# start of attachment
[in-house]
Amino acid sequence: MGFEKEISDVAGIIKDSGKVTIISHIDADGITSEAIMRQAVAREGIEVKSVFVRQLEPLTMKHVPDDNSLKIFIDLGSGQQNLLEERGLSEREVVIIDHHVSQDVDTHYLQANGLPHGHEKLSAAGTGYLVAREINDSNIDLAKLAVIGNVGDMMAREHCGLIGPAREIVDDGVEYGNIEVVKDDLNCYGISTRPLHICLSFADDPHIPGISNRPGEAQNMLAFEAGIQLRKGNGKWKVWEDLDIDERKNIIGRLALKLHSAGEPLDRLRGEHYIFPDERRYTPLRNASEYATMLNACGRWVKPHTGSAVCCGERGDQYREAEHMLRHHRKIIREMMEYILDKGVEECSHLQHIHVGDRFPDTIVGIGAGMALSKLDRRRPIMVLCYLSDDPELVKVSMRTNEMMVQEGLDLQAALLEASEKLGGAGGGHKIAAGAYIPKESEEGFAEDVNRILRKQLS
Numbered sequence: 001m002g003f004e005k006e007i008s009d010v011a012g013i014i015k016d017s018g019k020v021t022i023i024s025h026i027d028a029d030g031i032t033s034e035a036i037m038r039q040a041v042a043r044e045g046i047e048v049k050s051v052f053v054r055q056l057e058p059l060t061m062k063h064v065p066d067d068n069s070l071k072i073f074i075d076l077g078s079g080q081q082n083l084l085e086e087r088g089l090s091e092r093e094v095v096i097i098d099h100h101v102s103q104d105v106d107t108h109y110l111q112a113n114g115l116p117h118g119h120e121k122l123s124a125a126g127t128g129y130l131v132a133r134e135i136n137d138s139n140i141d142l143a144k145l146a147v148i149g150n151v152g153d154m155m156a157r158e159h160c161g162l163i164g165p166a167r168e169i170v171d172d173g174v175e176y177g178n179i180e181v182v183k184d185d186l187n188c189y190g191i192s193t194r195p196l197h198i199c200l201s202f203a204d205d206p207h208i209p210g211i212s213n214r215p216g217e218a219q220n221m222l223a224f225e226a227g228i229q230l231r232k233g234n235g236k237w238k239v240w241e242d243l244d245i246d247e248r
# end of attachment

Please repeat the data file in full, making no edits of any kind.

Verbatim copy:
[in-house]
Amino acid sequence: MGFEKEISDVAGIIKDSGKVTIISHIDADGITSEAIMRQAVAREGIEVKSVFVRQLEPLTMKHVPDDNSLKIFIDLGSGQQNLLEERGLSEREVVIIDHHVSQDVDTHYLQANGLPHGHEKLSAAGTGYLVAREINDSNIDLAKLAVIGNVGDMMAREHCGLIGPAREIVDDGVEYGNIEVVKDDLNCYGISTRPLHICLSFADDPHIPGISNRPGEAQNMLAFEAGIQLRKGNGKWKVWEDLDIDERKNIIGRLALKLHSAGEPLDRLRGEHYIFPDERRYTPLRNASEYATMLNACGRWVKPHTGSAVCCGERGDQYREAEHMLRHHRKIIREMMEYILDKGVEECSHLQHIHVGDRFPDTIVGIGAGMALSKLDRRRPIMVLCYLSDDPELVKVSMRTNEMMVQEGLDLQAALLEASEKLGGAGGGHKIAAGAYIPKESEEGFAEDVNRILRKQLS
Numbered sequence: 001m002g003f004e005k006e007i008s009d010v011a012g013i014i015k016d017s018g019k020v021t022i023i024s025h026i027d028a029d030g031i032t033s034e035a036i037m038r039q040a041v042a043r044e045g046i047e048v049k050s051v052f053v054r055q056l057e058p059l060t061m062k063h064v065p066d067d068n069s070l071k072i073f074i075d076l077g078s079g080q081q082n083l084l085e086e087r088g089l090s091e092r093e094v095v096i097i098d099h100h101v102s103q104d105v106d107t108h109y110l111q112a113n114g115l116p117h118g119h120e121k122l123s124a125a126g127t128g129y130l131v132a133r134e135i136n137d138s139n140i141d142l143a144k145l146a147v148i149g150n151v152g153d154m155m156a157r158e159h160c161g162l163i164g165p166a167r168e169i170v171d172d173g174v175e176y177g178n179i180e181v182v183k184d185d186l187n188c189y190g191i192s193t194r195p196l197h198i199c200l201s202f203a204d205d206p207h208i209p210g211i212s213n214r215p216g217e218a219q220n221m222l223a224f225e226a227g228i229q230l231r232k233g234n235g236k237w238k239v240w241e242d243l244d245i246d247e248r